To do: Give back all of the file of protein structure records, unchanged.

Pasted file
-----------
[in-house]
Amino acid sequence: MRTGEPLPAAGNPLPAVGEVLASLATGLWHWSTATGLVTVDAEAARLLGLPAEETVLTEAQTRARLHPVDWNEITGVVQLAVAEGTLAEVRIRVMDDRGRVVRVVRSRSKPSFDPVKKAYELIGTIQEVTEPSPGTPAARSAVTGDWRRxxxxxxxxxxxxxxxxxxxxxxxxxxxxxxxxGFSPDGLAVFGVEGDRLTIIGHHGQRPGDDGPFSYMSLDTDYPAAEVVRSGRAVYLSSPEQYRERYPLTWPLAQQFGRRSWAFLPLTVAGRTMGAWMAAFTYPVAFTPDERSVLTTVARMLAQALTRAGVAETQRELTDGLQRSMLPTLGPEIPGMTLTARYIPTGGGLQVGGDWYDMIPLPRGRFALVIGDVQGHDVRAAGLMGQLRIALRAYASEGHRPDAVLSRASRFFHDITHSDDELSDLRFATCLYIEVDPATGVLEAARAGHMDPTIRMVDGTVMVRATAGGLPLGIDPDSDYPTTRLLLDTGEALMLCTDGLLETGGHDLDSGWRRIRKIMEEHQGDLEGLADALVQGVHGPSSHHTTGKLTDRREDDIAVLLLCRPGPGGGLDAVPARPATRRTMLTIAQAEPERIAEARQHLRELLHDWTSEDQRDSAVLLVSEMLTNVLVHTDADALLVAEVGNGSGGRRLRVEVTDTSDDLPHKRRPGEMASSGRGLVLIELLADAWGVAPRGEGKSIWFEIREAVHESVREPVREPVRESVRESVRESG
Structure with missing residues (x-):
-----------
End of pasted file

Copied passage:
[in-house]
Amino acid sequence: MRTGEPLPAAGNPLPAVGEVLASLATGLWHWSTATGLVTVDAEAARLLGLPAEETVLTEAQTRARLHPVDWNEITGVVQLAVAEGTLAEVRIRVMDDRGRVVRVVRSRSKPSFDPVKKAYELIGTIQEVTEPSPGTPAARSAVTGDWRRxxxxxxxxxxxxxxxxxxxxxxxxxxxxxxxxGFSPDGLAVFGVEGDRLTIIGHHGQRPGDDGPFSYMSLDTDYPAAEVVRSGRAVYLSSPEQYRERYPLTWPLAQQFGRRSWAFLPLTVAGRTMGAWMAAFTYPVAFTPDERSVLTTVARMLAQALTRAGVAETQRELTDGLQRSMLPTLGPEIPGMTLTARYIPTGGGLQVGGDWYDMIPLPRGRFALVIGDVQGHDVRAAGLMGQLRIALRAYASEGHRPDAVLSRASRFFHDITHSDDELSDLRFATCLYIEVDPATGVLEAARAGHMDPTIRMVDGTVMVRATAGGLPLGIDPDSDYPTTRLLLDTGEALMLCTDGLLETGGHDLDSGWRRIRKIMEEHQGDLEGLADALVQGVHGPSSHHTTGKLTDRREDDIAVLLLCRPGPGGGLDAVPARPATRRTMLTIAQAEPERIAEARQHLRELLHDWTSEDQRDSAVLLVSEMLTNVLVHTDADALLVAEVGNGSGGRRLRVEVTDTSDDLPHKRRPGEMASSGRGLVLIELLADAWGVAPRGEGKSIWFEIREAVHESVREPVREPVRESVRESVRESG
Structure with missing residues (x-):